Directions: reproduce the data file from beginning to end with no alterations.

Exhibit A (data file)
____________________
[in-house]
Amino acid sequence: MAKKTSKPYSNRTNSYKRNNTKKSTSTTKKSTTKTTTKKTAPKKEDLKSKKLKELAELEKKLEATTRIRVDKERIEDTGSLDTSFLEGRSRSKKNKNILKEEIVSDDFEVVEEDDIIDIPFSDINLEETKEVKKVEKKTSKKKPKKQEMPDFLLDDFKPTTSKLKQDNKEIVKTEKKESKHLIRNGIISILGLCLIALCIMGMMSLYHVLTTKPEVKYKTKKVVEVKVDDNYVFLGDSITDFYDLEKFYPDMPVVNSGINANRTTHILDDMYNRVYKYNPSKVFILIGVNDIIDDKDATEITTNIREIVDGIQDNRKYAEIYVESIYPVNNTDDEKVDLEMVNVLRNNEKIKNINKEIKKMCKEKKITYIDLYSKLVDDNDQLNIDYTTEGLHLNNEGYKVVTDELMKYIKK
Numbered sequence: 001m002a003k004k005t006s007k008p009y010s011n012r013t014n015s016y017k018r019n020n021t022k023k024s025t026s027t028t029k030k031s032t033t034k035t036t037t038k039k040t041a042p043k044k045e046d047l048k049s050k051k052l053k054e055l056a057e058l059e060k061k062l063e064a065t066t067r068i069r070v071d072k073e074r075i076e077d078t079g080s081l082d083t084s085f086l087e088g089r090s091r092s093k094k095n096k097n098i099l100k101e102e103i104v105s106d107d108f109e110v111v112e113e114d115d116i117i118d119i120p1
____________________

[in-house]
Amino acid sequence: MAKKTSKPYSNRTNSYKRNNTKKSTSTTKKSTTKTTTKKTAPKKEDLKSKKLKELAELEKKLEATTRIRVDKERIEDTGSLDTSFLEGRSRSKKNKNILKEEIVSDDFEVVEEDDIIDIPFSDINLEETKEVKKVEKKTSKKKPKKQEMPDFLLDDFKPTTSKLKQDNKEIVKTEKKESKHLIRNGIISILGLCLIALCIMGMMSLYHVLTTKPEVKYKTKKVVEVKVDDNYVFLGDSITDFYDLEKFYPDMPVVNSGINANRTTHILDDMYNRVYKYNPSKVFILIGVNDIIDDKDATEITTNIREIVDGIQDNRKYAEIYVESIYPVNNTDDEKVDLEMVNVLRNNEKIKNINKEIKKMCKEKKITYIDLYSKLVDDNDQLNIDYTTEGLHLNNEGYKVVTDELMKYIKK
Numbered sequence: 001m002a003k004k005t006s007k008p009y010s011n012r013t014n015s016y017k018r019n020n021t022k023k024s025t026s027t028t029k030k031s032t033t034k035t036t037t038k039k040t041a042p043k044k045e046d047l048k049s050k051k052l053k054e055l056a057e058l059e060k061k062l063e064a065t066t067r068i069r070v071d072k073e074r075i076e077d078t079g080s081l082d083t084s085f086l087e088g089r090s091r092s093k094k095n096k097n098i099l100k101e102e103i104v105s106d107d108f109e110v111v112e113e114d115d116i117i118d119i120p1